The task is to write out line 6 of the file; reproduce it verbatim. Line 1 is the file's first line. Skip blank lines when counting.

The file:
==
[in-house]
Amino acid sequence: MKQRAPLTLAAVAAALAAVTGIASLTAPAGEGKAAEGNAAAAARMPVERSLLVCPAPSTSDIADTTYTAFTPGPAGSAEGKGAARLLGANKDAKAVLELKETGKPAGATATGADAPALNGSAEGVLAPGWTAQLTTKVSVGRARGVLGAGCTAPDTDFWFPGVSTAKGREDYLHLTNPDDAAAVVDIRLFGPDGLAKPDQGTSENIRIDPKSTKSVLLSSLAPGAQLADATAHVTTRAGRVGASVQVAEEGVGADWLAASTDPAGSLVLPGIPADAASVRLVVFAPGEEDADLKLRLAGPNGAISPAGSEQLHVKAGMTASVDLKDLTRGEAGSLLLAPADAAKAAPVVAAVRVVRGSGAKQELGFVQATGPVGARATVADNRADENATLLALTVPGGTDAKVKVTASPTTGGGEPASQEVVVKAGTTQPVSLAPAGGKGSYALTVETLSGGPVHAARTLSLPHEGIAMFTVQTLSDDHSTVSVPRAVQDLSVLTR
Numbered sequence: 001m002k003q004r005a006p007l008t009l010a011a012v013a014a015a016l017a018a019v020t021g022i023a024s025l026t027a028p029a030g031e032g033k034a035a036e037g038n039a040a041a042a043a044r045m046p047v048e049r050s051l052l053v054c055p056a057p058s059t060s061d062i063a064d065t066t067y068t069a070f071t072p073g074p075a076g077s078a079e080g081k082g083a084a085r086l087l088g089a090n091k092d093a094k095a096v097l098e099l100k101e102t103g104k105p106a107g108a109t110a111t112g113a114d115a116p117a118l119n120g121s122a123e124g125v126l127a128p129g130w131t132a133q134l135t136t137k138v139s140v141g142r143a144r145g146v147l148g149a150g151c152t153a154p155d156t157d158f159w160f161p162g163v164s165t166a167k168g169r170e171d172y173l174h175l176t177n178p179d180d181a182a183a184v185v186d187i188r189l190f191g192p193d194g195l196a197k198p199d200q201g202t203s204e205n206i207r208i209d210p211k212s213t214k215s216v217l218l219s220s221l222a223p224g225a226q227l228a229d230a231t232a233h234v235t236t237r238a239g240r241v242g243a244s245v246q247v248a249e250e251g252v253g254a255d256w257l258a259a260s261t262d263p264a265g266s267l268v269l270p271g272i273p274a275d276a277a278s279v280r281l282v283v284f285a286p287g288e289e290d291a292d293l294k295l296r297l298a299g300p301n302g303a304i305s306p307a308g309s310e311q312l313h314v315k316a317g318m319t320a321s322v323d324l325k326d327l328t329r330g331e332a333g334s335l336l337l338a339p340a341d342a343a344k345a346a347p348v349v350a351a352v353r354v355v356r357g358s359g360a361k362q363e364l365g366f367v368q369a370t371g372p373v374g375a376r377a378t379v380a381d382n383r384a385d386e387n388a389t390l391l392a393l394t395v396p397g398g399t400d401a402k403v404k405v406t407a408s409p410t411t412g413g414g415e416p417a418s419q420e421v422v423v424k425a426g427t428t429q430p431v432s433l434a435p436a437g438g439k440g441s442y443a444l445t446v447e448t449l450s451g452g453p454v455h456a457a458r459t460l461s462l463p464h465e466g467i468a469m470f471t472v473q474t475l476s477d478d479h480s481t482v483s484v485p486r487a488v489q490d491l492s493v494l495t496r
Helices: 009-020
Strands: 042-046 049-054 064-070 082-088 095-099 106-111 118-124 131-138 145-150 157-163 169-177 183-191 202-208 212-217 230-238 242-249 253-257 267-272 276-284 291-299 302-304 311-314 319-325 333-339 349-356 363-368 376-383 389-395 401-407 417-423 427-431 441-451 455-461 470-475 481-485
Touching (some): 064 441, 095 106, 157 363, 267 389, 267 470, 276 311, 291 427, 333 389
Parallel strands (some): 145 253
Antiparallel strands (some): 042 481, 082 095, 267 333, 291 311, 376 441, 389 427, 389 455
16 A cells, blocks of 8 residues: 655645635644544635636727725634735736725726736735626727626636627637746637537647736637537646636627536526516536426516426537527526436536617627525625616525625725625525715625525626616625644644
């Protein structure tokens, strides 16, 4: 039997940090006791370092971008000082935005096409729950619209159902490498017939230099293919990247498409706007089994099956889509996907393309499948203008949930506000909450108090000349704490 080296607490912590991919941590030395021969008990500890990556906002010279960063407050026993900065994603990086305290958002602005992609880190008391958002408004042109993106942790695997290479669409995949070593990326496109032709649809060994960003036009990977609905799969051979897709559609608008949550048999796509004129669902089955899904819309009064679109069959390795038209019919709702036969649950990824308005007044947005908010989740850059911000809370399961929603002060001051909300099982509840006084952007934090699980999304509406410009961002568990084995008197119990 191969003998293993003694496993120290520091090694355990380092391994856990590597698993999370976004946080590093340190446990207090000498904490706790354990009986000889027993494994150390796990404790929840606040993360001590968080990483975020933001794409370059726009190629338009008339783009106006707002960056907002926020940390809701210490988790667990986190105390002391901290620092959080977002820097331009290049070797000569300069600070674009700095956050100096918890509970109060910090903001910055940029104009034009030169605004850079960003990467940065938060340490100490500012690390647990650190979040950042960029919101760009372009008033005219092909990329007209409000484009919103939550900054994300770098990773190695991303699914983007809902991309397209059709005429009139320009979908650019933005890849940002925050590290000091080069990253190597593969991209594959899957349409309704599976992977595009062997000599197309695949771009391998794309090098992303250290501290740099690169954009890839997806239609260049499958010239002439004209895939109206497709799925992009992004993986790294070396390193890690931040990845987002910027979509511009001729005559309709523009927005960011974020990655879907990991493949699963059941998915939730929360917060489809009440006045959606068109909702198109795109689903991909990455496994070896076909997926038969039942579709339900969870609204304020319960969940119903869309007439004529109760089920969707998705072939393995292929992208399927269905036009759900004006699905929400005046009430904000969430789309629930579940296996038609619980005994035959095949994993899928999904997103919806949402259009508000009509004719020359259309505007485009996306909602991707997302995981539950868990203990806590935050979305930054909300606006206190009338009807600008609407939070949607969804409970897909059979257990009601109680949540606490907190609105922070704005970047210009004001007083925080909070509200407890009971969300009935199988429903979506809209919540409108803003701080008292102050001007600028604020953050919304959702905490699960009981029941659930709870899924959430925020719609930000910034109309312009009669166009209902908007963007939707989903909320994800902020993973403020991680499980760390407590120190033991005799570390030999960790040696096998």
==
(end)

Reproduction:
Touching (some): 064 441, 095 106, 157 363, 267 389, 267 470, 276 311, 291 427, 333 389